Saturday, October 06, 2012

Time for temps to resist

Working through agencies has become the new normal. Instead of the traditional way of connecting people to work--employing them directly--corporations rely on agencies to supply workers. It’s a perfect tool for displacing regular workers and getting around unions and workers’ rights. Government policies that abet the downward spiral of deteriorating rights and labor conditions. It’s a win-win for firms, which get the labor of a regular workforce without taking on the responsibilities. Workers, meanwhile, are typically deprived of adequate union representation or other leverage to hold the contractor or the firm responsible on issues like leave benefits and workplace safety. That leaves them vulnerable to discrimination and unfair treatment.

Approximately 60% of the 400,000 workers in Mexico’s electronics industry work for temporary agencies, with some companies employing as much as 90% of their workforce through agencies.  In Russia the agencies are serving nearly 75% of foreign companies and 35-50% of Russian companies. In Spain temporary work constitutes 30.9% of all employment, and agency work accounts for 1 in 6 of all temporary contracts. One study on Indian workers “found that 30% of all workers in the private sector are employed via contractors, with levels in manufacturing up to 50%. In China an estimated 60 million are temporary workers. Nokia and Apple, as well as government-run companies, are known to stock their assembly lines with a dense second tier of contract labor.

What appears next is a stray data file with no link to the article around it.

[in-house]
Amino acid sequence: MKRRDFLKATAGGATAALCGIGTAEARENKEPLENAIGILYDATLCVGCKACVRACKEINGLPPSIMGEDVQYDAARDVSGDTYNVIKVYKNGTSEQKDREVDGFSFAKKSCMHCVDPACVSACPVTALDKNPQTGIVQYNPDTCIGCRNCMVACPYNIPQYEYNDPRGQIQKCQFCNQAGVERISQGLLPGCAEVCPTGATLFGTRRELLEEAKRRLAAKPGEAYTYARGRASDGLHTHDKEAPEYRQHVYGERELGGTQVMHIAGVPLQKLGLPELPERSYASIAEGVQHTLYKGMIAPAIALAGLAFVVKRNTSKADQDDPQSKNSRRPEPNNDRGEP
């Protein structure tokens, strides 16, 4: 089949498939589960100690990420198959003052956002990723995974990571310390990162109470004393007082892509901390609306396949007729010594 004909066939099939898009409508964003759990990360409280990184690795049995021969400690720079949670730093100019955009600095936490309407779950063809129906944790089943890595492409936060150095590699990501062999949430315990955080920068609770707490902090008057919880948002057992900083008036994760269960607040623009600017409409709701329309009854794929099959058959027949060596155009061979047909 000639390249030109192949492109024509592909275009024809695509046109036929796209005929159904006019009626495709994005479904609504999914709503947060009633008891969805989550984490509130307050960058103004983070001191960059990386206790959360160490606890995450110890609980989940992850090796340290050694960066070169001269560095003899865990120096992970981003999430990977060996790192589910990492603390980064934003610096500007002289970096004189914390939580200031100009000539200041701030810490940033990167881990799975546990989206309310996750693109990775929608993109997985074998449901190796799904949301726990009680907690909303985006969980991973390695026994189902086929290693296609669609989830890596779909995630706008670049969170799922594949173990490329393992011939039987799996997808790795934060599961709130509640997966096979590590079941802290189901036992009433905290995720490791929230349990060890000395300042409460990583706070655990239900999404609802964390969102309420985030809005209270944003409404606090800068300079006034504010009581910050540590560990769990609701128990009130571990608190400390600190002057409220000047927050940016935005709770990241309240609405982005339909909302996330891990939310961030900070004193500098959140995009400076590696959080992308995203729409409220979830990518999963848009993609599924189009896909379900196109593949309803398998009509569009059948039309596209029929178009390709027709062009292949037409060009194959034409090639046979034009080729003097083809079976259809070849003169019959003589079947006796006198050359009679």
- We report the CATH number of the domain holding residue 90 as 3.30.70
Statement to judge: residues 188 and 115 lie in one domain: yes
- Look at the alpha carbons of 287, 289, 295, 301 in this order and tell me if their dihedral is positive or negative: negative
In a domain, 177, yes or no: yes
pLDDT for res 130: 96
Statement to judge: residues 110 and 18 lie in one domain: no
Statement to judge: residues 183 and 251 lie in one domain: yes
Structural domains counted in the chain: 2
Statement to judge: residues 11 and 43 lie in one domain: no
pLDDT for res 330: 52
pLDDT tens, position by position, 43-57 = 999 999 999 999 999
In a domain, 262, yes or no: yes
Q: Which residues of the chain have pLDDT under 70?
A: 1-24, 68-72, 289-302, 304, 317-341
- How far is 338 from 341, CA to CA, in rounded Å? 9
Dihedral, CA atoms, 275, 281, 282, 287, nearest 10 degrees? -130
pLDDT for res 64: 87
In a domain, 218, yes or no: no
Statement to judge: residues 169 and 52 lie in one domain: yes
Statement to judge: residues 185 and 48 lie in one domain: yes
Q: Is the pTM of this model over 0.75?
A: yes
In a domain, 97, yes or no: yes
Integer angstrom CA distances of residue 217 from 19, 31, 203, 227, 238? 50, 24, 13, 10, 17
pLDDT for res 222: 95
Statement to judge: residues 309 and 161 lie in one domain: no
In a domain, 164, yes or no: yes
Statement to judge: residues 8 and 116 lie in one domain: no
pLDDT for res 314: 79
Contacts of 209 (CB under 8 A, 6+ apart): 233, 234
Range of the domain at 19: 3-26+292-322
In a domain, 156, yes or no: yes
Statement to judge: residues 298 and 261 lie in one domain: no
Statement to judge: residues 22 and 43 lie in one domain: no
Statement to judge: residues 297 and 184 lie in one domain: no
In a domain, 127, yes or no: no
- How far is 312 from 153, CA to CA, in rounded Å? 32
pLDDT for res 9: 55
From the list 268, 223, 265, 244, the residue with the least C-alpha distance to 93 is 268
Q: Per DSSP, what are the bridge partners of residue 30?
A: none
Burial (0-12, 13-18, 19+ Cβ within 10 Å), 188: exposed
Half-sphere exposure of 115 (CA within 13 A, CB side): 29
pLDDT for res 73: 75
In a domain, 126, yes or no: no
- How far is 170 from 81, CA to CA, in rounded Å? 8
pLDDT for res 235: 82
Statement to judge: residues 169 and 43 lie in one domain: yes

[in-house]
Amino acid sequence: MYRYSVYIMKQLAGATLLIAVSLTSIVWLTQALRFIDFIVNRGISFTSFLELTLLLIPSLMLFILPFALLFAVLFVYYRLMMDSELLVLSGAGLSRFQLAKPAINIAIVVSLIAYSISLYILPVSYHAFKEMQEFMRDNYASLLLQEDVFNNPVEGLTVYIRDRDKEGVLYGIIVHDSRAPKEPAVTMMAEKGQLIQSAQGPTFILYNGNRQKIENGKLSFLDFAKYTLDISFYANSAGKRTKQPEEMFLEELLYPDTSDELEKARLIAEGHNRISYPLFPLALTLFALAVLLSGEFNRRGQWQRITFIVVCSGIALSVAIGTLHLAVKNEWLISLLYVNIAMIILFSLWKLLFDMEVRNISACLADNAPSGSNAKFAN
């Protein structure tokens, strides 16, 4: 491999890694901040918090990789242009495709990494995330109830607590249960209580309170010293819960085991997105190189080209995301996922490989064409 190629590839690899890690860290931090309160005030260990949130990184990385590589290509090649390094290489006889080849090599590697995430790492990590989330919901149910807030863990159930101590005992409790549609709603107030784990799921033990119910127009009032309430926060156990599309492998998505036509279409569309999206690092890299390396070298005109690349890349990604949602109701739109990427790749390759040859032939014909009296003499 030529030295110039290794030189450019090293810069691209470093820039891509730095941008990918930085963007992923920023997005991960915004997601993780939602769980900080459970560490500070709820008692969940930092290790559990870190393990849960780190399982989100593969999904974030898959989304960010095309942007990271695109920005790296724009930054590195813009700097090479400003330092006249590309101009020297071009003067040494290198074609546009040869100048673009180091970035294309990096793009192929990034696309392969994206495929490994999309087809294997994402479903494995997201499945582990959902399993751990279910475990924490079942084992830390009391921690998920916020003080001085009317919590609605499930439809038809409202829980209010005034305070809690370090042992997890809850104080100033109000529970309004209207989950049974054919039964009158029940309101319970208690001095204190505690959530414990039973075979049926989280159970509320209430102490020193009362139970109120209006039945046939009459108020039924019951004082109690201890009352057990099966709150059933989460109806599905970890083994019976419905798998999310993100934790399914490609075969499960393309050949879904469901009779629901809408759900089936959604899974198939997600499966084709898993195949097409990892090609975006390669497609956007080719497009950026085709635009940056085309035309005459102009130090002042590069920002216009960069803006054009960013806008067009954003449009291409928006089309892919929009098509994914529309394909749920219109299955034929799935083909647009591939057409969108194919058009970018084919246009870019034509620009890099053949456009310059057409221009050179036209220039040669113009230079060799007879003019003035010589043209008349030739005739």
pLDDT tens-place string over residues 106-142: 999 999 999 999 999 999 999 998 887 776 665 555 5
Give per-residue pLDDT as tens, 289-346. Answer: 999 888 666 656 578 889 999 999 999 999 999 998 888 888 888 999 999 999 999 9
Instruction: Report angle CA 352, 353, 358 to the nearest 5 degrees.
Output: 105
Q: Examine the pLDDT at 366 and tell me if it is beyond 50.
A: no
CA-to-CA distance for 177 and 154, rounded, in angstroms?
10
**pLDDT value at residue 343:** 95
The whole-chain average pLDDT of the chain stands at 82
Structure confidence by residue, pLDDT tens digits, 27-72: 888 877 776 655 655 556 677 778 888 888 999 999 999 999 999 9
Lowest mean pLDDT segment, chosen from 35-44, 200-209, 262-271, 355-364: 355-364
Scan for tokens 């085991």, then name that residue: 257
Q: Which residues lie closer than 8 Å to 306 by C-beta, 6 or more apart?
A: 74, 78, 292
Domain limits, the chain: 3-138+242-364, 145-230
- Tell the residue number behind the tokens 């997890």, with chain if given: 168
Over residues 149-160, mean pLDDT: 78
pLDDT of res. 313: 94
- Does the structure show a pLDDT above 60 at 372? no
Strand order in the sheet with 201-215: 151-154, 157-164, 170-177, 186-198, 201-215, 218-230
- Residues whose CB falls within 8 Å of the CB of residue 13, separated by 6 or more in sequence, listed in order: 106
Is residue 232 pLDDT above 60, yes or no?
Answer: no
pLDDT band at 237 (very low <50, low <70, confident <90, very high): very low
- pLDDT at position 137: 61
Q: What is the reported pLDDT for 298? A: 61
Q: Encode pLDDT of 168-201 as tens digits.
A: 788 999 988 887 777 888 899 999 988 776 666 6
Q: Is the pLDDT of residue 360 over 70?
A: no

What the labor agencies euphemistically describe as “flexible” labor is a dead end for countless workers. One study on workers in the Philippines shows, according to the report, “only 11% of agency workers move to regular, permanent or full-time work, 36% are not rehired and less than 1% of employers intend to convert agency jobs into regular positions. In the U.S., just a fraction of temporary agency workers land a permanent position--maybe one reason why the chronic insecurity of the legions of underemployed workers persists despite the so-called economic “recovery.”

Wherever you are in the world, it’s getting harder to tell who’s responsible for making your workday miserable. The solution for workers comes down to grassroots resistance by simply refusing to comply with exploitation from any corporation or agency. If enough workers stand up, it doesn’t matter whom they call boss, so long as they’re ready to fight.

adapted from here

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